President Bush signed into law the bill designating the Soldiers
and Sailors Civil Relief Act as the new Servicemembers
Civil Relief Act. See A
Judges Guide to the Soldiers and Sailors
Civil Relief Act. The following is a fact sheet
developed by the Judge Advocate General of the Army on the
new SCRA. The entire bill is HR
SUBJECT: Revision to the Soldiers and Sailors
Civil Relief Act
1. Purpose. To provide information about the new Servicemembers
Civil Relief Act.
a. On 19 December 2003, President Bush signed into law
the Servicemembers Civil Relief Act (SCRA).
This law is a complete revision of the Soldiers and
Sailors Civil Relief Act (SSCRA).
b. The SSCRA provided a number of significant protections
to servicemembers. These include: staying court hearings
if military service materially affects servicemembers
ability to defend their interests; reducing interest to
6% on pre-service loans and obligations; requiring court
action before a servicemembers family can be evicted
from rental property for nonpayment of rent if the monthly
rent is $1,200 or less; termination of a pre-service residential
lease; and allowing servicemembers to maintain their state
of residence for tax purposes despite military relocations
to other states.
c. The SSCRA was largely unchanged from its enactment
in 1940. The SCRA was written to: clarify the language of
the SSCRA: to incorporate many years of judicial interpretation
of the SSCRA; and to update the SSCRA to reflect new developments
in American life since 1940. The SCRA:
(1) Extends the application of a servicemembers
right to stay court hearings to administrative hearings.
It now requires a court or administrative hearing to grant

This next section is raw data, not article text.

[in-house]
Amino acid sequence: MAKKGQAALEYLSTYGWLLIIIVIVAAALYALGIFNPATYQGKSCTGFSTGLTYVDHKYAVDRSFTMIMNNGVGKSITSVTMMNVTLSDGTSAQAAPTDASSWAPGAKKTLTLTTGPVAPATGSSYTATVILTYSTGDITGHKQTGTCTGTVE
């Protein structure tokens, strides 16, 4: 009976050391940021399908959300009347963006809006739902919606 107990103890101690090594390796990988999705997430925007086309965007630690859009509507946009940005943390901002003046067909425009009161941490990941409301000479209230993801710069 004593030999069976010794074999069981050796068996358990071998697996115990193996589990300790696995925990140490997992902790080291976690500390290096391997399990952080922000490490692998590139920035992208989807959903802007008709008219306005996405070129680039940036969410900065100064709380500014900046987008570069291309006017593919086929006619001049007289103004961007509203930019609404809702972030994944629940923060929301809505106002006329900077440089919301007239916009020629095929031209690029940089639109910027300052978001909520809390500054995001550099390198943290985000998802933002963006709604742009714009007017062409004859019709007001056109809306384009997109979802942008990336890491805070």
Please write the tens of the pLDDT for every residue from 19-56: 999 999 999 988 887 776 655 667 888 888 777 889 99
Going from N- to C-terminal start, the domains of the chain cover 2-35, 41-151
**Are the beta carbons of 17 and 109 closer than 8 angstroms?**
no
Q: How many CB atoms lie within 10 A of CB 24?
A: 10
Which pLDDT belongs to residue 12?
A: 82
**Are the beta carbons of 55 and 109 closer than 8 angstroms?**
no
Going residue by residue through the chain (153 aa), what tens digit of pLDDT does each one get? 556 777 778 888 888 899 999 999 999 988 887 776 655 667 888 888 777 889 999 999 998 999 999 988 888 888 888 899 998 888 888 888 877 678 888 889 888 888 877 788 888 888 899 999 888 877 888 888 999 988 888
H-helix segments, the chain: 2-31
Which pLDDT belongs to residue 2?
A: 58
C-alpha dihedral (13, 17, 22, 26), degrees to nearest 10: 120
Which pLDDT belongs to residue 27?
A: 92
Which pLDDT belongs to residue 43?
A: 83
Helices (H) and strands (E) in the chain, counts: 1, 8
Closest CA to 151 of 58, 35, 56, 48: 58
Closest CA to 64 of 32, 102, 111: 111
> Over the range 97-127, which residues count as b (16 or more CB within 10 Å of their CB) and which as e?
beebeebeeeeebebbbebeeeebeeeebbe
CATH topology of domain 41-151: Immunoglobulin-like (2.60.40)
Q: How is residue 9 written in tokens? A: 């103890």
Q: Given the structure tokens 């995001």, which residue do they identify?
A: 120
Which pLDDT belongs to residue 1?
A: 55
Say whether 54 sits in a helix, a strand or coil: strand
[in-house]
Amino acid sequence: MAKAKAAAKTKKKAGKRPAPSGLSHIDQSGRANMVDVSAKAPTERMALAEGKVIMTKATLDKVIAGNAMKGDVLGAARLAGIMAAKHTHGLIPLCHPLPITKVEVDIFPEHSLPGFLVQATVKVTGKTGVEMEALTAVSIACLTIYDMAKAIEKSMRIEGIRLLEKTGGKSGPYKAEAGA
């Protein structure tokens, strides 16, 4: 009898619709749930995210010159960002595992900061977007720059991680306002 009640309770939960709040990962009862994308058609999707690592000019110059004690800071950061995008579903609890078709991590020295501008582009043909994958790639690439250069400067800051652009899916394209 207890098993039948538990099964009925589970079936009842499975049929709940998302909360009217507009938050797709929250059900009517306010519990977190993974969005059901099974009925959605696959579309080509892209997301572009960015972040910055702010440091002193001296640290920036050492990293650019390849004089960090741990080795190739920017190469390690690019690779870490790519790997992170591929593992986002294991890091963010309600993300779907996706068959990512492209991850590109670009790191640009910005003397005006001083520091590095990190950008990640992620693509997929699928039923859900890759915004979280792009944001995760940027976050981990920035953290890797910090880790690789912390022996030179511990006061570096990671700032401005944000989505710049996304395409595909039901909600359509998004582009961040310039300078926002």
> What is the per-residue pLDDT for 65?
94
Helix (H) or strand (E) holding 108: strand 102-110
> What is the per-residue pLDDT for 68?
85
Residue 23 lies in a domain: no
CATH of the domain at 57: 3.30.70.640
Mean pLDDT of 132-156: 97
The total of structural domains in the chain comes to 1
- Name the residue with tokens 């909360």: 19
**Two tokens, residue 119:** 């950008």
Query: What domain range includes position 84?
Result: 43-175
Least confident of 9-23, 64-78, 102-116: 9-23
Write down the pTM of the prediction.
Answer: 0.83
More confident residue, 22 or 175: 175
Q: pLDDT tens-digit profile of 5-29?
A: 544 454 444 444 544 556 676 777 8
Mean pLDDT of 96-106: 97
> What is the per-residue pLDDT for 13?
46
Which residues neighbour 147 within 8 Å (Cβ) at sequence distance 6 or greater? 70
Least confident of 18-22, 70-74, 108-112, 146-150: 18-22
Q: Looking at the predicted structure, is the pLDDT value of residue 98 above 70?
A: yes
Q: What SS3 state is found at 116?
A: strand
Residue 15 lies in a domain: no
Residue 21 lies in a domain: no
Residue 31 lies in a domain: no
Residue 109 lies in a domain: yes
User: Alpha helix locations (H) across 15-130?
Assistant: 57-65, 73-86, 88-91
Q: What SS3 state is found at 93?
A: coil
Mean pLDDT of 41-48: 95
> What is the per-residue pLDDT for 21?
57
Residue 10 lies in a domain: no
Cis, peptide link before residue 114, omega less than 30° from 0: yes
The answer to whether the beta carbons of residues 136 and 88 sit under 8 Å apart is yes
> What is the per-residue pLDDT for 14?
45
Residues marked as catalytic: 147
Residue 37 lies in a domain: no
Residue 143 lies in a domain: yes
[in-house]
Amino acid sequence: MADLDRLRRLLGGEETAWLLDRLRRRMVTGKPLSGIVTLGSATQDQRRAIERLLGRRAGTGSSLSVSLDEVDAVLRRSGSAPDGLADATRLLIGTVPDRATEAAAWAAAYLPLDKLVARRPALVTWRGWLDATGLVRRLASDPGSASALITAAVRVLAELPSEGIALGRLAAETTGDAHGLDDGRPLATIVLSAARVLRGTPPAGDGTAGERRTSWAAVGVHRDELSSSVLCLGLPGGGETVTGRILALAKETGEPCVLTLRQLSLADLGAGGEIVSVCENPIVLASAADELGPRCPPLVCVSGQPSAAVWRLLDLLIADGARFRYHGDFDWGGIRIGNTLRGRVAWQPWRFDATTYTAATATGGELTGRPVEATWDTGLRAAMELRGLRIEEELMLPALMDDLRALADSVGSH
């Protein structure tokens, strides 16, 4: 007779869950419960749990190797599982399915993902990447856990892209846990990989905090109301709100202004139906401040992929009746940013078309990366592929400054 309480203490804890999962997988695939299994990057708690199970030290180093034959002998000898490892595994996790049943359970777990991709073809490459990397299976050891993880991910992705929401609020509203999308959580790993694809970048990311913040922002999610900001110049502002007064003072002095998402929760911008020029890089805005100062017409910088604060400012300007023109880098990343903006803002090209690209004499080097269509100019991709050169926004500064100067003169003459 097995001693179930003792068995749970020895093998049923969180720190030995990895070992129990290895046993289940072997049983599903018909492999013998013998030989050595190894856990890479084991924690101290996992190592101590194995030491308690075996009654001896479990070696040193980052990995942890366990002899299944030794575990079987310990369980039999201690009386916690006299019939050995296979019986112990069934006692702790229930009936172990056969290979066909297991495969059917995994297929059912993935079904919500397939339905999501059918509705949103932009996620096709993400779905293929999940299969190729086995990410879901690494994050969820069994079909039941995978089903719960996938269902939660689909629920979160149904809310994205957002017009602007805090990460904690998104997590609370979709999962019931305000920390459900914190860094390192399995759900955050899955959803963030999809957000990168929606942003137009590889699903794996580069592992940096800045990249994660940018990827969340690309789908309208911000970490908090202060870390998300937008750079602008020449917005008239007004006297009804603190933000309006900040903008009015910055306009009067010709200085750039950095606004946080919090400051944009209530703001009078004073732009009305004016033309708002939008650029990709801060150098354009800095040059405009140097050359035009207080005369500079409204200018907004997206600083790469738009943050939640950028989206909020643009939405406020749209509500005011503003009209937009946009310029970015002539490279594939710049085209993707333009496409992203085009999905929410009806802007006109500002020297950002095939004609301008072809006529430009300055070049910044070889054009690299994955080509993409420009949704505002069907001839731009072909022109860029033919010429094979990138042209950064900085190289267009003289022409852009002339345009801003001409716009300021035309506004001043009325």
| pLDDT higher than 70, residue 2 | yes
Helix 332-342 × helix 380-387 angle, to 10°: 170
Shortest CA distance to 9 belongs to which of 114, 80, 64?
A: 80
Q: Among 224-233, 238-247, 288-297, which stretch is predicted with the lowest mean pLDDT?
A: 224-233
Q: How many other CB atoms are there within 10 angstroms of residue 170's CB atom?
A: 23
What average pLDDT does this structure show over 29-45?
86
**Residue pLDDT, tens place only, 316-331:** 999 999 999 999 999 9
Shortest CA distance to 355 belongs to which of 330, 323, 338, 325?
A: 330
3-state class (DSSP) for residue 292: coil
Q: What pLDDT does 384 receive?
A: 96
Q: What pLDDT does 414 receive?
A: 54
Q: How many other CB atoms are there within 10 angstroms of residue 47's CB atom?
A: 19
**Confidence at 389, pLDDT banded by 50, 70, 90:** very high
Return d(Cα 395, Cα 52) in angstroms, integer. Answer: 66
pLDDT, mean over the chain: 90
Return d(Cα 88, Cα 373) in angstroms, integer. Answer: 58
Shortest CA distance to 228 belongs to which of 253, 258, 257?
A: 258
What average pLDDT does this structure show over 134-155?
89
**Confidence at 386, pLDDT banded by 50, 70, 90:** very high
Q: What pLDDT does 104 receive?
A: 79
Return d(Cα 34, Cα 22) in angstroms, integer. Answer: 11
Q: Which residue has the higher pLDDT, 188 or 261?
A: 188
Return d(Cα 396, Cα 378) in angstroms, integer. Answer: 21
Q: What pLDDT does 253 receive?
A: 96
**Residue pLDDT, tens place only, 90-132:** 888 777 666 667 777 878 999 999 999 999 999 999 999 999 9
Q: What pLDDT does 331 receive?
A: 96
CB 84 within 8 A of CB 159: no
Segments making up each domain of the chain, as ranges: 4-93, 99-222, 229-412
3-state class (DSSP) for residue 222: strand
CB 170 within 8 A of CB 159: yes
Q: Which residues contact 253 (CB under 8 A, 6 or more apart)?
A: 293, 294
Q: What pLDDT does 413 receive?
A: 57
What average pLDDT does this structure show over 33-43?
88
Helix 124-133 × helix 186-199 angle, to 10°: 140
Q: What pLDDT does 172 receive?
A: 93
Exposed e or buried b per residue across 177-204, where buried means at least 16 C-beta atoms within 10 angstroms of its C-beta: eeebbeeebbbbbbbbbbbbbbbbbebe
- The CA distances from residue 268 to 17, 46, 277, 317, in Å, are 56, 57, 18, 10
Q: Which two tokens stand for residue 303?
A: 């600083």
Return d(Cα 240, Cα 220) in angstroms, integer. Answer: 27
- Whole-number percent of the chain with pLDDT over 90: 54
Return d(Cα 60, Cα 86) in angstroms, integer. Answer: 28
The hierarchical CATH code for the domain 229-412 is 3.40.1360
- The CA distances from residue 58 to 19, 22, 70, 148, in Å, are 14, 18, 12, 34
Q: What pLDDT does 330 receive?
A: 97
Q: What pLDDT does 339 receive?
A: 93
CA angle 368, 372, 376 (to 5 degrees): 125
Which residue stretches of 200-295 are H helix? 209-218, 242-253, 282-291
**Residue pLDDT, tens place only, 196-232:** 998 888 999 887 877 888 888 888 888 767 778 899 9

at least a 90-day stay if requested by the servicemember.
Additional stays can be granted at the discretion of the
judge or hearing official. The court must appoint counsel
to represent the servicemember if the court denies the
request for an additional stay.
(2) Clarifies the rules on the 6% interest rate cap
on pre-service loans and obligations by specifying that
interest in excess of 6% per year must be forgiven. The
absence of such language in the SSCRA had allowed some
lenders to argue that interest in excess of 6% is merely
deferred. It also specifies that a servicemember must
request this reduction in writing and include a copy of
(3) Modifies the eviction protection section by precluding
evictions from premises occupied by servicemembers for
which the monthly rent does not exceed $2,400 for the
year 2003 (an increase from the current $1,200). The Act
provides a formula to calculate the rent ceiling for subsequent
(4) Extends the right to terminate real property leases
to active duty soldiers moving pursuant to permanent change
of station (PCS) orders or deployment orders of at least
90 days. This eliminates the need to request a military
termination clause in leases.
(5) Adds a new provision allowing the termination of
automobile leases for use by servicemembers and their
dependents. Pre-service automobile leases may be cancelled
if the servicemember receives orders to active duty for
a period of 180 days or more. Automobile leases entered
into while the servicemember is on active duty may be
terminated if the servicemember receives PCS orders to
a location outside the continental United States or deployment
orders for a period of 180 days or more.
(6) Adds a provision that would prevent states from
increasing the tax bracket of a nonmilitary spouse who
earned income in the state by adding in the service members
military income for the limited purpose of determining
the nonmilitary spouses tax bracket. This practice
has had the effect of increasing the military familys
(7) Adds legal services as a professional service specifically
named under the provision that provides for suspension
and subsequent reinstatement of existing professional
liability insurance coverage for designated professionals
serving on active duty. While the SSCRA specifically names
only health care services, legal services have been covered
since 3 May 1999 by Secretary of Defense designations.
The SSCRA permitted such a Secretarial designation, but
this revision will clarify this area.
d. Historically, the SSCRA applied to members of the National
Guard only if they were serving in a Title 10 status. Effective
6 December 2002, the SSCRA protections were extended to
members of the National Guard called to active duty for
30 days or more pursuant to a contingency mission specified
by the President or the Secretary of Defense. This continues
in the SCRA.